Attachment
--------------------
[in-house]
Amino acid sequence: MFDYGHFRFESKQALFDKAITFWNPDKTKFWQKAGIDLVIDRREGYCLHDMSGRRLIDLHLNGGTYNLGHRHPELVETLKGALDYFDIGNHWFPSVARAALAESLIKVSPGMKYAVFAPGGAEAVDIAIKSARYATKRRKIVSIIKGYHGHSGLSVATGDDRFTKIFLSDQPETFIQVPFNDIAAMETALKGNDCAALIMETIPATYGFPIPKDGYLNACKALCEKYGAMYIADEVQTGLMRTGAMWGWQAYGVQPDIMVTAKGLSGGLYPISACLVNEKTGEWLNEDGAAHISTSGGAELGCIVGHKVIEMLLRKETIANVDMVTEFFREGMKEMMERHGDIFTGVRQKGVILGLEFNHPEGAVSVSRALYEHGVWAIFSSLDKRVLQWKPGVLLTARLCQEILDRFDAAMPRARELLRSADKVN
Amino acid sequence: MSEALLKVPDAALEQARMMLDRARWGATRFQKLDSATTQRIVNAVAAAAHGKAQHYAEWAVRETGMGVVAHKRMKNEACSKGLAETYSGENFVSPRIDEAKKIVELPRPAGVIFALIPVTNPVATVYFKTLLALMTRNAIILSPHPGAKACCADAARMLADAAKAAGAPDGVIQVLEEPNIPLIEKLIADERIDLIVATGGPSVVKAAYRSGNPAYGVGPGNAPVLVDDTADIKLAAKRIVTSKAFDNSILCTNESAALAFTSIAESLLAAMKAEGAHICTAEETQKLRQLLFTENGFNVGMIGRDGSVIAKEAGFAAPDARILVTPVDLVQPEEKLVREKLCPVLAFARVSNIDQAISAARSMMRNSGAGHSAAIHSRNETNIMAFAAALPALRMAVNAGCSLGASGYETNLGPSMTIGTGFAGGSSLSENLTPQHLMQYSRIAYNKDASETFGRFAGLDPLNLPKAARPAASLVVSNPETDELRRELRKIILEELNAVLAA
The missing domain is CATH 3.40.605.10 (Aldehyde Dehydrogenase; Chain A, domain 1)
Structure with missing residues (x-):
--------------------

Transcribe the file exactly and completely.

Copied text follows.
[in-house]
Amino acid sequence: MFDYGHFRFESKQALFDKAITFWNPDKTKFWQKAGIDLVIDRREGYCLHDMSGRRLIDLHLNGGTYNLGHRHPELVETLKGALDYFDIGNHWFPSVARAALAESLIKVSPGMKYAVFAPGGAEAVDIAIKSARYATKRRKIVSIIKGYHGHSGLSVATGDDRFTKIFLSDQPETFIQVPFNDIAAMETALKGNDCAALIMETIPATYGFPIPKDGYLNACKALCEKYGAMYIADEVQTGLMRTGAMWGWQAYGVQPDIMVTAKGLSGGLYPISACLVNEKTGEWLNEDGAAHISTSGGAELGCIVGHKVIEMLLRKETIANVDMVTEFFREGMKEMMERHGDIFTGVRQKGVILGLEFNHPEGAVSVSRALYEHGVWAIFSSLDKRVLQWKPGVLLTARLCQEILDRFDAAMPRARELLRSADKVN
Amino acid sequence: MSEALLKVPDAALEQARMMLDRARWGATRFQKLDSATTQRIVNAVAAAAHGKAQHYAEWAVRETGMGVVAHKRMKNEACSKGLAETYSGENFVSPRIDEAKKIVELPRPAGVIFALIPVTNPVATVYFKTLLALMTRNAIILSPHPGAKACCADAARMLADAAKAAGAPDGVIQVLEEPNIPLIEKLIADERIDLIVATGGPSVVKAAYRSGNPAYGVGPGNAPVLVDDTADIKLAAKRIVTSKAFDNSILCTNESAALAFTSIAESLLAAMKAEGAHICTAEETQKLRQLLFTENGFNVGMIGRDGSVIAKEAGFAAPDARILVTPVDLVQPEEKLVREKLCPVLAFARVSNIDQAISAARSMMRNSGAGHSAAIHSRNETNIMAFAAALPALRMAVNAGCSLGASGYETNLGPSMTIGTGFAGGSSLSENLTPQHLMQYSRIAYNKDASETFGRFAGLDPLNLPKAARPAASLVVSNPETDELRRELRKIILEELNAVLAA
The missing domain is CATH 3.40.605.10 (Aldehyde Dehydrogenase; Chain A, domain 1)
Structure with missing residues (x-):